Upward social and economic mobility from one generation to the next is harder in the U.S. compared to other developed countries. While many Americans have access to resources and opportunities that bolster their chances of achieving the “American Dream” for their families, many more lack the opportunity to simply break from the cycle of poverty. The difference between the two is often separated by just one street.
In a study looking at social and economic mobility in the US, Harvard and UC-Berkeley economics professors aptly stated, “The U.S. is better described as a collection of societies, some of which are `lands of opportunity’ with high rates of mobility across generations, and others in which few children escape poverty.”
The researchers describe high mobility areas as generally having:
- Less residential segregation
- Less income inequality
- Better primary schools
- Greater social capital
- Greater family stability
The income gap between wealthy and non-wealthy Americans shows no signs of slowing down or reversing. Of course, this is not a new or unique trend, especially in some of America’s major cities. However, the starkest disparity is seen in the nation’s capitol. Poorer Americans not only have lower incomes, but also have more debt and less savings than higher income earners. In Washington, D.C., for example, the top 20 percent earn $151,132 per year, while the bottom 20 percent earn Less than $20,151 per year. In an area with one of America’s highest costs of living, the disparities echoe across neighborhoods, schools, and family households.
Let’s look at how the researcher’s indicators of social mobility play out in Washington, D.C.
Segregation in Residential Areas
Income Inequality and Poverty
Quality of Schools
Outlook for social mobility in the U.S.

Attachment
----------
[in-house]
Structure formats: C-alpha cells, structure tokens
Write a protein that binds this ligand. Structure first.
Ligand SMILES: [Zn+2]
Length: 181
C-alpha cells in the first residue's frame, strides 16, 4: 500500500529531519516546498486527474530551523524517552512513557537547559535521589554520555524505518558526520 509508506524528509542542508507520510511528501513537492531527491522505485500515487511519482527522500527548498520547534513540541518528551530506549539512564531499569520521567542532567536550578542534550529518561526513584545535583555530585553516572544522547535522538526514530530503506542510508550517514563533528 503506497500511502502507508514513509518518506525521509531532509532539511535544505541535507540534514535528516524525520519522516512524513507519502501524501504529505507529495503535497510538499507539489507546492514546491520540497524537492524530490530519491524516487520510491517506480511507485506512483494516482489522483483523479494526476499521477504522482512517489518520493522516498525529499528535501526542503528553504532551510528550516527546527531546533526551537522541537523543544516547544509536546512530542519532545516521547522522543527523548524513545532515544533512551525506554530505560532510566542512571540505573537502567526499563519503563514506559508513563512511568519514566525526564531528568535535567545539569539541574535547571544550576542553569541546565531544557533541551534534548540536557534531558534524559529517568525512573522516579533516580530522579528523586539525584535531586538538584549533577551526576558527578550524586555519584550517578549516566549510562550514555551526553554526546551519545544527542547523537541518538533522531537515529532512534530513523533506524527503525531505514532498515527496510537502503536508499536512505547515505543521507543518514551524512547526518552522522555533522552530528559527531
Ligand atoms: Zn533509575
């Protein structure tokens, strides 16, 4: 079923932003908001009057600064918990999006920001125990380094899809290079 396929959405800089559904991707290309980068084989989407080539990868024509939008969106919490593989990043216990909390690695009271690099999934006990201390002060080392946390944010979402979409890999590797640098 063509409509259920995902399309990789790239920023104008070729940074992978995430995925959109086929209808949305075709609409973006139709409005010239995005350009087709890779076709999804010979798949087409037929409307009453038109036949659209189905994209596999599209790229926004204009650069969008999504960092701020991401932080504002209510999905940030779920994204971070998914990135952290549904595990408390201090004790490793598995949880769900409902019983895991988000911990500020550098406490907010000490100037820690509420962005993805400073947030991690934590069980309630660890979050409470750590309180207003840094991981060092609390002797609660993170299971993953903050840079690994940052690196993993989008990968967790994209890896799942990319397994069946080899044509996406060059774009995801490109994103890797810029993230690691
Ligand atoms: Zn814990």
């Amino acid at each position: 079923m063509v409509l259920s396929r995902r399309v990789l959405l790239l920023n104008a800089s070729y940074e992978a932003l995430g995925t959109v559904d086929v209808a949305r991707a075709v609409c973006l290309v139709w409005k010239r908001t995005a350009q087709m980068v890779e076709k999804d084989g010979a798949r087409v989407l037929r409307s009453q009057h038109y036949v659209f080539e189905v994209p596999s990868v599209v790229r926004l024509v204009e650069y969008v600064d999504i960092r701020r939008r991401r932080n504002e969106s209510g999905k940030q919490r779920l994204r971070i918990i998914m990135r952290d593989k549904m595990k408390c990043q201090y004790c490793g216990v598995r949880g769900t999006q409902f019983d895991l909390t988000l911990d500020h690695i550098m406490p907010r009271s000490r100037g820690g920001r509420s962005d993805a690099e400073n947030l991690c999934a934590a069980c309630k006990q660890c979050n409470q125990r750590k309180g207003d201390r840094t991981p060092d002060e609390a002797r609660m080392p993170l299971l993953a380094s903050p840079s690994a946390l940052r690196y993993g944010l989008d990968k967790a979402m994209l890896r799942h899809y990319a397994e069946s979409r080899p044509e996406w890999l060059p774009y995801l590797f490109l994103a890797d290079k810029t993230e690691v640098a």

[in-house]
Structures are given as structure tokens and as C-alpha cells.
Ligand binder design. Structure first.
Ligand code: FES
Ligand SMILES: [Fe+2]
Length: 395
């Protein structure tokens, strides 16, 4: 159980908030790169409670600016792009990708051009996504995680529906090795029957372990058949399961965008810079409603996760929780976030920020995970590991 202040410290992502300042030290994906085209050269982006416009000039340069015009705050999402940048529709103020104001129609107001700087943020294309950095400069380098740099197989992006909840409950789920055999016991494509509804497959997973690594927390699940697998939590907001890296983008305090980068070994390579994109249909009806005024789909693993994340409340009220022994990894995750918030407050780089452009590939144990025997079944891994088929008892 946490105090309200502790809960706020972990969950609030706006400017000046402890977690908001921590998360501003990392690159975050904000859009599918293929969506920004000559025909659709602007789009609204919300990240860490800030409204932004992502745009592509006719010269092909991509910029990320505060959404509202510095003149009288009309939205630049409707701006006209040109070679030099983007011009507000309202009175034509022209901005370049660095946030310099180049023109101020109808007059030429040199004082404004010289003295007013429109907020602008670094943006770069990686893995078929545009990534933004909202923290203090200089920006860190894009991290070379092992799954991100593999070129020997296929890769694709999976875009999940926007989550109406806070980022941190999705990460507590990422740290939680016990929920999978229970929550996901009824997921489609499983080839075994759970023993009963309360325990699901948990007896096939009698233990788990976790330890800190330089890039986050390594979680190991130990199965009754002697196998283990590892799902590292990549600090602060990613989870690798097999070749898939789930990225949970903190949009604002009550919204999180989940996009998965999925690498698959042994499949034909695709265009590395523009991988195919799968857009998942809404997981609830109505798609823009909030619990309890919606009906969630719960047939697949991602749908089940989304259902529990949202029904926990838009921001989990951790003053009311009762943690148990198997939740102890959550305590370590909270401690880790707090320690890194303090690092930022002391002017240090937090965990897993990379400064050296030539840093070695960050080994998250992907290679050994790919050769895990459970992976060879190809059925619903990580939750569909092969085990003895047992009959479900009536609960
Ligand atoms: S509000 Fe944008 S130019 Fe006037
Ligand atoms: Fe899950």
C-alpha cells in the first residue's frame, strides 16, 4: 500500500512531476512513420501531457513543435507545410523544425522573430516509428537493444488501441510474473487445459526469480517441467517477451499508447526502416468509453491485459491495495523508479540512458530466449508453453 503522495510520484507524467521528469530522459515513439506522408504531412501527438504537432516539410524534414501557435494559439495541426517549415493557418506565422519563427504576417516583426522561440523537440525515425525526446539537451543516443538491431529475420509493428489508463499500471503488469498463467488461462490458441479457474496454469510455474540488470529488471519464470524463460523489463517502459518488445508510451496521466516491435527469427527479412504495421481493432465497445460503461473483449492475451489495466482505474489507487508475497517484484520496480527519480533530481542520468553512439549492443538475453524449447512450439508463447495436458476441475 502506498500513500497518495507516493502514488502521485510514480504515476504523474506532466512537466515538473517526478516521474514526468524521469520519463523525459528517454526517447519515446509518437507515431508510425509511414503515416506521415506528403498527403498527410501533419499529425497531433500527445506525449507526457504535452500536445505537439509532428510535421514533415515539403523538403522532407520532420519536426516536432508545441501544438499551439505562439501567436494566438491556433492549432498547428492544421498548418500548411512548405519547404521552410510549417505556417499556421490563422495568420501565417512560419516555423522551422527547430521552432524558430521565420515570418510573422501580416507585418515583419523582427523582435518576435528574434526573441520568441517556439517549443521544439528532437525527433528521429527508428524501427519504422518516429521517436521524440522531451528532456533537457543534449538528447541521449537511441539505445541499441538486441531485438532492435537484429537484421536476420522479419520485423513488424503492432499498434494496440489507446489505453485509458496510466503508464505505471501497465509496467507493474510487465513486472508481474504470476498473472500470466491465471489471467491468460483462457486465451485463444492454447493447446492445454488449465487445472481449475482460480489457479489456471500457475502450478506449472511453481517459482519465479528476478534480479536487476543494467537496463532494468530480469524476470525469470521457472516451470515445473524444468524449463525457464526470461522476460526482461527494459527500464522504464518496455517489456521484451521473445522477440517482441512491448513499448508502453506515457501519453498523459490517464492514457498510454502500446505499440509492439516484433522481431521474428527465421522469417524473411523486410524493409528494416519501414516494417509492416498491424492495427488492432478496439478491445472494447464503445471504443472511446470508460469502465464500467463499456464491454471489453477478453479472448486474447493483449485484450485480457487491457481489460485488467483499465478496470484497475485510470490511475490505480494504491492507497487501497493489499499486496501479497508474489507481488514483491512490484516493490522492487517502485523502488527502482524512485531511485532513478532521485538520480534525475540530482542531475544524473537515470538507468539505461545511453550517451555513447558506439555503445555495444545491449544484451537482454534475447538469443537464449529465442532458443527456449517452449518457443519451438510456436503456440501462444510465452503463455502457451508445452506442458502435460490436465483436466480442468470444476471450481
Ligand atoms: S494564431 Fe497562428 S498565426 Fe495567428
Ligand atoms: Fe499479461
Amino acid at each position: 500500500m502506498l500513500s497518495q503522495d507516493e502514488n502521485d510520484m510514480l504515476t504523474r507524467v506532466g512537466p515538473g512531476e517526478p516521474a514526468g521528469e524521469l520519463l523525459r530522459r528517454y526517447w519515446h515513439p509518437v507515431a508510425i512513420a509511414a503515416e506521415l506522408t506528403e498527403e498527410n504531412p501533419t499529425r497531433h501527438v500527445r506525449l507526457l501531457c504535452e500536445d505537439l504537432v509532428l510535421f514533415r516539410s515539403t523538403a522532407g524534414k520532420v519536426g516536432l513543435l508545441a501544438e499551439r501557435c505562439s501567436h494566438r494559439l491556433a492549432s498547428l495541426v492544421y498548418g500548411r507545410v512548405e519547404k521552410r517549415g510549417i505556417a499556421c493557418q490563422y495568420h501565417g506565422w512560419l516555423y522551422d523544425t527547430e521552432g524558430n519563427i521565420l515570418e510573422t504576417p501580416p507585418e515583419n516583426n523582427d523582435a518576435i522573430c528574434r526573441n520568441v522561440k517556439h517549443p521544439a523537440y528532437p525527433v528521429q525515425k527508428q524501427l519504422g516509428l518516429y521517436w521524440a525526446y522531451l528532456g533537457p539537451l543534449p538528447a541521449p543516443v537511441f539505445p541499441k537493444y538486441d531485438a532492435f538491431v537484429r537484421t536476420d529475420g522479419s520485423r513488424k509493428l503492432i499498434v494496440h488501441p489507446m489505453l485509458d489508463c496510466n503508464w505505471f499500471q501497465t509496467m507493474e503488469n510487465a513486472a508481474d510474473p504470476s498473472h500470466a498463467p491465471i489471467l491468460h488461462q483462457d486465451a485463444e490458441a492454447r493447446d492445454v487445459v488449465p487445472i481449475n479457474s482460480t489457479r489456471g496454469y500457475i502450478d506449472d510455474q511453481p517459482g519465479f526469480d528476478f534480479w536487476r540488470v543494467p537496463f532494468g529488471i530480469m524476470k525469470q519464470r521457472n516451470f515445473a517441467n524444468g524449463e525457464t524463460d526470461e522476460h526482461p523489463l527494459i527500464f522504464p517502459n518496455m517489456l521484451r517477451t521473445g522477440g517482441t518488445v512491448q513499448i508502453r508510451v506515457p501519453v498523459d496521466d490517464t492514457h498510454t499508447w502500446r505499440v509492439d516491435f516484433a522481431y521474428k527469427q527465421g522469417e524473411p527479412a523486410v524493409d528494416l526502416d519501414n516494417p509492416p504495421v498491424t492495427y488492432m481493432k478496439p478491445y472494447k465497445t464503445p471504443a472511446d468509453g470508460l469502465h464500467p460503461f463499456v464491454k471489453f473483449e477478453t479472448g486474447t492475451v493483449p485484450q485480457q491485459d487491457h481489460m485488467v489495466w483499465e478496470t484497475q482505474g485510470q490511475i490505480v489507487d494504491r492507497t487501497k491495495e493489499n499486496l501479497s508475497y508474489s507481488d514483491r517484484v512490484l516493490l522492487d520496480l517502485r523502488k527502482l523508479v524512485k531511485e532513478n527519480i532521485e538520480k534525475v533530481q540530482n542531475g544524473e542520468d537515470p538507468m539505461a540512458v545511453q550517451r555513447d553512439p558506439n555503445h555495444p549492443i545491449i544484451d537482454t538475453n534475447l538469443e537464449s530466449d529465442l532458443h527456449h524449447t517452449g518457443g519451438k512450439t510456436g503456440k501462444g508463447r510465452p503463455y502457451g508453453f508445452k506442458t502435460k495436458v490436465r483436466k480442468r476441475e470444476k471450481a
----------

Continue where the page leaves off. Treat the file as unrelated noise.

So, where are the most upwardly mobile cities? Salt Lake City, Pittsburgh, and San Jose top the list. That means, children born into low income families in these cities generally fare better at moving up the income ladder as they age compared to other U.S. cities.
Why do these areas see higher intra- and intergenerational mobility? It depends.
San Jose has less concentrated poverty, proximity to innovative areas like Silicon Valley, and fewer single-family households, yet it’s schools under-perform and it has a higher level of racial and economic segregation. In Salt Lake City, they have a strong public school system, solid middle-class, and less income inequality.
However, despite these high rankings, the all too familiar trends of increasing rent and fewer middle class jobs, which many parts of the country are already experiencing, is beginning to impact even these cities. A similar problem is beginning to grow in San Jose as housing becomes unaffordable and middle class jobs dwindle. And as Salt Lake City becomes more diverse, increasing segregation and intergenerational poverty is making community workers take notice.
Issues like the non-ceasing, coast to coast trend of unaffordable housing and a weakening middle class have gained national attention. But it’s at the local level where we’ll see real change- school funding, neighborhoods, access to jobs, affordable transportation, more housing options, and inclusive communities – are all factors researchers have underscored time and time again as having the greatest impact on upward mobility. When segregation of affluence, race, and resources exists, all members of the community see less upward social mobility. Most factors that impact social mobility are conditions children are born into- and where they’re born into it. For the U.S., creating one “land of opportunity” means building from the neighborhood on up.
To locate areas of opportunity in your community, check out Community Commons’ Location Opportunity Footprint Tool (LOFT).